-LIGHTER. Imagine lightweight skyscrapers made of carbon fiber and composite materials. Peter Testa has designed such a building that would be woven together as a single structure, rather than assembled out of many pieces, making it less susceptible to the effects of buckling, shifting, gravity and wind. His mock-up of the 40-story tower and its columnless interior are part of the exhibit.

So is a "bird man" flying overhead. It's an example of a detachable wing system, called a Skyray Rigid Wing suit that's made by Alban Geissler and Atair Aerospace. In 2003, Felix Baumgartner used a Skyray to become the first human to cross the English Channel without using any mechanical power, McQuaid says. It's made of carbon fiber and Kevlar, a protective material also used to make HAZMAT suits.

-FASTER. Faster and lighter often go hand in hand, says McQuaid, and there might be no better example than a Formula One racing car. The WilliamsF1 BMW FW26 features a chassis made of a carbon-fiber reinforcement with an epoxy resin. The components are molded by laminating layers of the material onto a form, then applying heat and pressure.

The same technology is applied to professional skiing helmets and boats - both of which are also included in "Exreme Textiles." You can even take a seat on Kevlar-based benches in a simulated interior of a boat.

-SMARTER. Advancements in embedded technology have put antennas inside vests, and future uses likely will include incorporating GPS, computer and vital signs monitors into apparel. "The military and NASA have been instrumental in the research of these experimental 'smarter' fibers," McQuaid says. "The military wants to bring soldiers' uniforms down from 120 pounds to 40, and this is how they're going to do it."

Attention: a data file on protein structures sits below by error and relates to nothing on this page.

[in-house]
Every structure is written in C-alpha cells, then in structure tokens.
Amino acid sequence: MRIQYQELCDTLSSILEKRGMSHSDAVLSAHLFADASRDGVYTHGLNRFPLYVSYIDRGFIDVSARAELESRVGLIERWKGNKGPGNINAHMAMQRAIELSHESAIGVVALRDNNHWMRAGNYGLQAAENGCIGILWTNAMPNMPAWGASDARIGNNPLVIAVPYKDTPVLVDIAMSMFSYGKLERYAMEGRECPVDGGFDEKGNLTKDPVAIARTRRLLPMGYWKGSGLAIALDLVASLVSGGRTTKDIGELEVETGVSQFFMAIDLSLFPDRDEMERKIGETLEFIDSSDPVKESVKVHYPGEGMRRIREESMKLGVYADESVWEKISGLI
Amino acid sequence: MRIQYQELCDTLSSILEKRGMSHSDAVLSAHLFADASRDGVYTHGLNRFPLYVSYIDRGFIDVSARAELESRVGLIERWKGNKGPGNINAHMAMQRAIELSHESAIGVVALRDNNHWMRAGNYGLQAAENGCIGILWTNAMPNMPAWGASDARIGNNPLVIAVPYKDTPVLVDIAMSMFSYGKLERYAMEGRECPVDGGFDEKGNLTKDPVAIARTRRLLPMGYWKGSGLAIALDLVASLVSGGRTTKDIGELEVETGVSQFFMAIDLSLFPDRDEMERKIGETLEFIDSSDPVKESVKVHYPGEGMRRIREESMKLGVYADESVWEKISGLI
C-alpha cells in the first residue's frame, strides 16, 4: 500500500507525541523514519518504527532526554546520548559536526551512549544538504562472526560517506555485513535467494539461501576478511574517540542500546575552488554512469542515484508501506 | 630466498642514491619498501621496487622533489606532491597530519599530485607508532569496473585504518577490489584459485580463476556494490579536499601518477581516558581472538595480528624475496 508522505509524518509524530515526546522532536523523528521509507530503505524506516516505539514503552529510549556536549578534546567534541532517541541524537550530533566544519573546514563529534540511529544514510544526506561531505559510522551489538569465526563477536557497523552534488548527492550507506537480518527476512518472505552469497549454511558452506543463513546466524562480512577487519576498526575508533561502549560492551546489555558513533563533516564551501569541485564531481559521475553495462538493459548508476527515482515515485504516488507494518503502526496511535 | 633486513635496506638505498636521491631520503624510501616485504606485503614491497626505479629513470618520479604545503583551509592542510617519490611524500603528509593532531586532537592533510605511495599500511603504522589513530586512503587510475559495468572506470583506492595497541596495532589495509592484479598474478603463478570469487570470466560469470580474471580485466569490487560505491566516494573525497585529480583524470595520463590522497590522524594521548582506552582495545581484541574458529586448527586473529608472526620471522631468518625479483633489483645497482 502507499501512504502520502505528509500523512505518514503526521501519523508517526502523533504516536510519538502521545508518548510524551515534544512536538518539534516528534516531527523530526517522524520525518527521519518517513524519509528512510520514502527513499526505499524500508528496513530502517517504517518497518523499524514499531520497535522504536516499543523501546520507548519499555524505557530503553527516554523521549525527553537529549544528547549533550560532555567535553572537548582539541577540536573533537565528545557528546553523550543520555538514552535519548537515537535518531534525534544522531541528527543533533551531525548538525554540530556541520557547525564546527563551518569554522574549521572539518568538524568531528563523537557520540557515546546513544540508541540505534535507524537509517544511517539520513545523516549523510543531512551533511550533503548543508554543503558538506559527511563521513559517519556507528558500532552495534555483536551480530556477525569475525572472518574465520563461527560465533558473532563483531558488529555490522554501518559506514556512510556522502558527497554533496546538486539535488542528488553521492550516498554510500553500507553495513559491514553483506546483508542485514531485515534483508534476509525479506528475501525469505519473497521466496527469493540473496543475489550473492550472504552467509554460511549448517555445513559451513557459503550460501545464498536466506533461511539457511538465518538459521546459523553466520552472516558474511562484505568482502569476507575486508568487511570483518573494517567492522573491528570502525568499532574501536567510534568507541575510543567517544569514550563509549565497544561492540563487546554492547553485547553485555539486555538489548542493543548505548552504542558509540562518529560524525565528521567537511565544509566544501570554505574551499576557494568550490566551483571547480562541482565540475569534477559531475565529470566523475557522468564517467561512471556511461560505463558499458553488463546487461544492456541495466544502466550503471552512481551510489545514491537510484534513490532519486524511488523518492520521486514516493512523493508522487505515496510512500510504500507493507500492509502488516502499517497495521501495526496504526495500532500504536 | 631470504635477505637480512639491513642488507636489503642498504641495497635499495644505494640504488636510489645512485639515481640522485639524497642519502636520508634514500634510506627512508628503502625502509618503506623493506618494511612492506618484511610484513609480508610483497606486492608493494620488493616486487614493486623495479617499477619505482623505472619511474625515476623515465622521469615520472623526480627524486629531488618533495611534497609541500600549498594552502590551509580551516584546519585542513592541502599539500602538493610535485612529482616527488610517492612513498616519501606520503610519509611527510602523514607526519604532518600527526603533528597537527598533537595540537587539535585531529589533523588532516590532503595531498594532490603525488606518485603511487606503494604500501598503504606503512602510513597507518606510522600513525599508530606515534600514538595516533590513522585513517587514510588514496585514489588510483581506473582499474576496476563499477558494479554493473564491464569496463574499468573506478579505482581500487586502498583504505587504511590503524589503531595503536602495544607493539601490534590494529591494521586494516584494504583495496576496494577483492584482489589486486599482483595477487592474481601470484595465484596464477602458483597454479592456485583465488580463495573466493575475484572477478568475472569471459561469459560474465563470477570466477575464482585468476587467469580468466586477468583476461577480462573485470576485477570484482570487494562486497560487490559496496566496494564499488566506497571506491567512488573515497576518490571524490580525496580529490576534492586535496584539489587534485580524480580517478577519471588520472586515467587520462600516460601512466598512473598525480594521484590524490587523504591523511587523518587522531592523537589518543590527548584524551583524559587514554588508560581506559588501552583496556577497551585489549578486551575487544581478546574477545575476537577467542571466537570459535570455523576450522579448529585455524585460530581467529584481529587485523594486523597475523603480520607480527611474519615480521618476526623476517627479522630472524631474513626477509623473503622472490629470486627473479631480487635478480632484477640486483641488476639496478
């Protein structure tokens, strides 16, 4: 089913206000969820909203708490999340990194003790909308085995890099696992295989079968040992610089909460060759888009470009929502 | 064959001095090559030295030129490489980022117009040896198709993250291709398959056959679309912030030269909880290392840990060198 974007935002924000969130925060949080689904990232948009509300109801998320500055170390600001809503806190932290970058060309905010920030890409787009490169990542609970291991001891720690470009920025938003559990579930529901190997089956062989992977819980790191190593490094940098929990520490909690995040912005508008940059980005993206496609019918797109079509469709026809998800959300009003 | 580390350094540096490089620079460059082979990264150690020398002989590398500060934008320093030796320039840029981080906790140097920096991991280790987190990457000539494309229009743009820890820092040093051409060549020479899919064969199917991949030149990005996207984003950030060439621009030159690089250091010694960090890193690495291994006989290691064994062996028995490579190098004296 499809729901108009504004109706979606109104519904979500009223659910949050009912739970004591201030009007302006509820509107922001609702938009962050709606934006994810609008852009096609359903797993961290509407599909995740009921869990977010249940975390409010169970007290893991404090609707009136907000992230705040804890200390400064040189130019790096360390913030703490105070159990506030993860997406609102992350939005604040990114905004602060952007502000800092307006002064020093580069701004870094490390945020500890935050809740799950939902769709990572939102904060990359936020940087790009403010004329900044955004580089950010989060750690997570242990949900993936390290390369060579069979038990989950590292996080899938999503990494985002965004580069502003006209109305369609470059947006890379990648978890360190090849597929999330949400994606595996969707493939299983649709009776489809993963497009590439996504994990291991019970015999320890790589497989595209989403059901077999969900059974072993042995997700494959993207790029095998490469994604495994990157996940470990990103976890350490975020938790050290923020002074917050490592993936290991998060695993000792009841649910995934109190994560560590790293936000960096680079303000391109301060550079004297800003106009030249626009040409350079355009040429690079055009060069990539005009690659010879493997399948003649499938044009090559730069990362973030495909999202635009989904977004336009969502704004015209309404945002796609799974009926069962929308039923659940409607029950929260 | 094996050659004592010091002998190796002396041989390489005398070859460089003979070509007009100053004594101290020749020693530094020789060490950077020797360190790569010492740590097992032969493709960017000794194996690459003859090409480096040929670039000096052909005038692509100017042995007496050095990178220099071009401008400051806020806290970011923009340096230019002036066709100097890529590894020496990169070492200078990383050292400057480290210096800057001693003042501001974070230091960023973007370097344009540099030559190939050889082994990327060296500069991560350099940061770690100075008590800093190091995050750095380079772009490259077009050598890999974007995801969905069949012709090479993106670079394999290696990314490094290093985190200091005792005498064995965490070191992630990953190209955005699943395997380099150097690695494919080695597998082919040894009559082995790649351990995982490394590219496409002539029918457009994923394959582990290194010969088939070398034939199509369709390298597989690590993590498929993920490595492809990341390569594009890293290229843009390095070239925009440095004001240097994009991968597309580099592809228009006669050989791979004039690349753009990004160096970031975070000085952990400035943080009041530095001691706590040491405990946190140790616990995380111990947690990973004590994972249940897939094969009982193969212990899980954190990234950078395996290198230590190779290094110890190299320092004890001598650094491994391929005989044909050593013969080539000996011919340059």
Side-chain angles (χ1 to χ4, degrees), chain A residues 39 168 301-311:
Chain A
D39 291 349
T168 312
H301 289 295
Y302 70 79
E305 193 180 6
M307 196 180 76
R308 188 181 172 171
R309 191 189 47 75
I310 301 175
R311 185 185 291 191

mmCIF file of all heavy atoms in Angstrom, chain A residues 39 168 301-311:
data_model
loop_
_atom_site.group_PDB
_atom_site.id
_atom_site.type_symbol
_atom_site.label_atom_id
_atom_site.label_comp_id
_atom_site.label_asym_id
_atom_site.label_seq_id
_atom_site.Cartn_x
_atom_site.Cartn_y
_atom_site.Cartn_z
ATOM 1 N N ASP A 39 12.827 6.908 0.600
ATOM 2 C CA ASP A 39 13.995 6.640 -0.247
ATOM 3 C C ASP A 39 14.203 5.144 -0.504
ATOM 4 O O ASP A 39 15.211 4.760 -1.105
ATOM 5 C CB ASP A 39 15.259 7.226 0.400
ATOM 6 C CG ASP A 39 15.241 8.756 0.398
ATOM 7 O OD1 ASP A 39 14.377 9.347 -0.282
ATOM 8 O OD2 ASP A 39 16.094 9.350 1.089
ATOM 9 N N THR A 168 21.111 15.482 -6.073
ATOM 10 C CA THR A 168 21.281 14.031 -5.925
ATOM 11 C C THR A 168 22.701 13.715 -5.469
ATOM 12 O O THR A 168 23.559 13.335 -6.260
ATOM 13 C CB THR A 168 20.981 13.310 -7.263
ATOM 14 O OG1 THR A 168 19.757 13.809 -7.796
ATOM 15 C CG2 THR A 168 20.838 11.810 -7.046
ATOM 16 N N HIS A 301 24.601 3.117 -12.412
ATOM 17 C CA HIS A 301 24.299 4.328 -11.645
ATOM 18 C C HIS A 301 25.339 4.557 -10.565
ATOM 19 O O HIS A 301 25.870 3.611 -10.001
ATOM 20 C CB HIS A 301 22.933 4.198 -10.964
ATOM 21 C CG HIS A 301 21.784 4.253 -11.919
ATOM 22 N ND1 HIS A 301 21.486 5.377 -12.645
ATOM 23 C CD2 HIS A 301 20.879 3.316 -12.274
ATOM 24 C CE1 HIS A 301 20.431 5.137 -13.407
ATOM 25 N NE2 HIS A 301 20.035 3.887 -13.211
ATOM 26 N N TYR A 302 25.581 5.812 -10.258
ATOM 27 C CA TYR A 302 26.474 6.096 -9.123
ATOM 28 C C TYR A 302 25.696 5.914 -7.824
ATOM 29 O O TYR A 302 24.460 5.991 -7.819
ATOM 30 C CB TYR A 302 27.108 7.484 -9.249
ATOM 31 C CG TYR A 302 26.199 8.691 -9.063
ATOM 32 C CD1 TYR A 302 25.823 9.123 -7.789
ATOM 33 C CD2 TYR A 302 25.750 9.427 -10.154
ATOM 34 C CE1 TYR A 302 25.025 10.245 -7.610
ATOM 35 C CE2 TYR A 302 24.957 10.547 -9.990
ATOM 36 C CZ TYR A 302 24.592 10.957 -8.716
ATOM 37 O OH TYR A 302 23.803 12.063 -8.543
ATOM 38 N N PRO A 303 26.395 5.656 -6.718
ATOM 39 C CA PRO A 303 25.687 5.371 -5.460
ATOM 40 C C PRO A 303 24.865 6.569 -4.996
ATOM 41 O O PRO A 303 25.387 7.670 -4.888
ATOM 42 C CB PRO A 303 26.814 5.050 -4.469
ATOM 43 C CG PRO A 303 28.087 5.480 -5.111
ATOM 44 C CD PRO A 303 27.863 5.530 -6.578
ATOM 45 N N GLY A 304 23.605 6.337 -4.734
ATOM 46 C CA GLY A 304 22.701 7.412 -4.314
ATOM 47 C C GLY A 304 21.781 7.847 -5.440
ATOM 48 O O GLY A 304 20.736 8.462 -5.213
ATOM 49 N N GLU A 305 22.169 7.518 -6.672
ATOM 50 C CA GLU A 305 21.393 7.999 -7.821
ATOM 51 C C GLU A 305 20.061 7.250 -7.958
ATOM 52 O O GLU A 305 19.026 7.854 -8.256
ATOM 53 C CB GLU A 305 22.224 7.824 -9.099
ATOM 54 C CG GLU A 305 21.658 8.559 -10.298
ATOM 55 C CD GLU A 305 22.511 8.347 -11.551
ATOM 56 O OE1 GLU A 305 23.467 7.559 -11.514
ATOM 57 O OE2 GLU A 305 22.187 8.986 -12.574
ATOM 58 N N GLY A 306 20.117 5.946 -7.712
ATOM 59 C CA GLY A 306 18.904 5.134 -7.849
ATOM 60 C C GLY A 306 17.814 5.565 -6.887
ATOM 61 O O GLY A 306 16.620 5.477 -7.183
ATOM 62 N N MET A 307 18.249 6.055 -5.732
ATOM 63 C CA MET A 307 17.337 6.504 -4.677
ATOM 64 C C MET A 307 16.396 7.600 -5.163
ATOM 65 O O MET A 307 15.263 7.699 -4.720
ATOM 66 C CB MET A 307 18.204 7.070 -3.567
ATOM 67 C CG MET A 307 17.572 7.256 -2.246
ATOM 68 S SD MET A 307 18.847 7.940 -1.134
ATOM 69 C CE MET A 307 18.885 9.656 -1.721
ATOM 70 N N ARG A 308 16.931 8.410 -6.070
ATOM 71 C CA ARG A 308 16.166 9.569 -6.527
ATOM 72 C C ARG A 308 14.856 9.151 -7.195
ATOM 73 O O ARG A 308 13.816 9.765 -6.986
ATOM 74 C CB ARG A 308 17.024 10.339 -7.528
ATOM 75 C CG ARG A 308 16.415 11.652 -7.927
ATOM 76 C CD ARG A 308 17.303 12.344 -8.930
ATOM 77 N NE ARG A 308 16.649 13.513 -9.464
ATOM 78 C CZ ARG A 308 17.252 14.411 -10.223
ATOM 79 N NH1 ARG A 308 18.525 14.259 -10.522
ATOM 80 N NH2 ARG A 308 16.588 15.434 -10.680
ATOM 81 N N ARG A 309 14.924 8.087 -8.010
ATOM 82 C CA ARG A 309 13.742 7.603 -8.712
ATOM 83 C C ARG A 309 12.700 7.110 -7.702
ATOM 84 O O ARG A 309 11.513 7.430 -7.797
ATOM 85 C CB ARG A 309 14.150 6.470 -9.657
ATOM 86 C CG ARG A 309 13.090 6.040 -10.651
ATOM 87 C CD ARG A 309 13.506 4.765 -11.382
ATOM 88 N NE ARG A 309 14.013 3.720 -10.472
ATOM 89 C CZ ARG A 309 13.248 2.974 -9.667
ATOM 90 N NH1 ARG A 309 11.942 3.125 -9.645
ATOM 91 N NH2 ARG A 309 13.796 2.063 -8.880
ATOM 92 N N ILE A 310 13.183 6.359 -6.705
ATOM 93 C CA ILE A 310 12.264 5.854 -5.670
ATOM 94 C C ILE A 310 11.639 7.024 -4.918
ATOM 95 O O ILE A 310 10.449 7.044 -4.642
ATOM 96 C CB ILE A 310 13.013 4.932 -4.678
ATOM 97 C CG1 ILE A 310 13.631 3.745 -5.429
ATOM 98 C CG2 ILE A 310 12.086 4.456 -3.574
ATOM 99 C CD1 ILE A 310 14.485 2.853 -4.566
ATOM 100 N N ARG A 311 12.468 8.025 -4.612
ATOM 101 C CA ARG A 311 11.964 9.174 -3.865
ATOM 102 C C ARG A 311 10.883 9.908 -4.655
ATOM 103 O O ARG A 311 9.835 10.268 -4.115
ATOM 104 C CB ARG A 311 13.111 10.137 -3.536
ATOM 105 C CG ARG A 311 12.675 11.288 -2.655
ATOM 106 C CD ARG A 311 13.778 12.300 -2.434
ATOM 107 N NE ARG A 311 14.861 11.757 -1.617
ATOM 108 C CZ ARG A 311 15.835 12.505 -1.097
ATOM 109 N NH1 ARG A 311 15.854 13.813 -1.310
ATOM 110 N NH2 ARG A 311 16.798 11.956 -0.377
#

Embedded technology already has some civilian uses, too. The Portland Mountain Rescue and Mount Hood Meadows Ski Patrol in Oregon also use a modified vest by Nike to stay in contact with the base camp.

Medical uses of textiles range from a device that allows a doctor to remodel a faulty heart valve while retaining enough flexibility to allow the valve to close during the contraction of the heart and the knitted heart bag, which can contain an enlarged heart with a sturdy shell while offering freedom of movement.

At least two "textiles" are natural to the body - collagen and elastin, important components of skin.

-SAFER. A giant net - "our ode to Spider-Man," McQuaid says with a laugh - hangs in a room that's otherwise dominated by space and firefighter gear.

The cut-resistent net is an effective law-enforcement tool because it can trap someone without causing any bodily harm, McQuaid explains. Meanwhile, an oil spill could be contained quickly with a rapid-deploy boom, which can be stored onboard and inflated at a rate of 2,000 feet per hour.

Pete Conrad's space suit from the Skylab mission in 1973 features many of the same protective elements, particularly relating to heat, as a modern firefighter suit. Other spinoffs from the space suit are a UV-blocking suit and a cooling vest, a garment filled with a network of small water-filled tubes to keep the body cool, are used by some athletes, including late race car driver Dale Earnhardt.

"Extreme Textiles" runs through Oct. 30.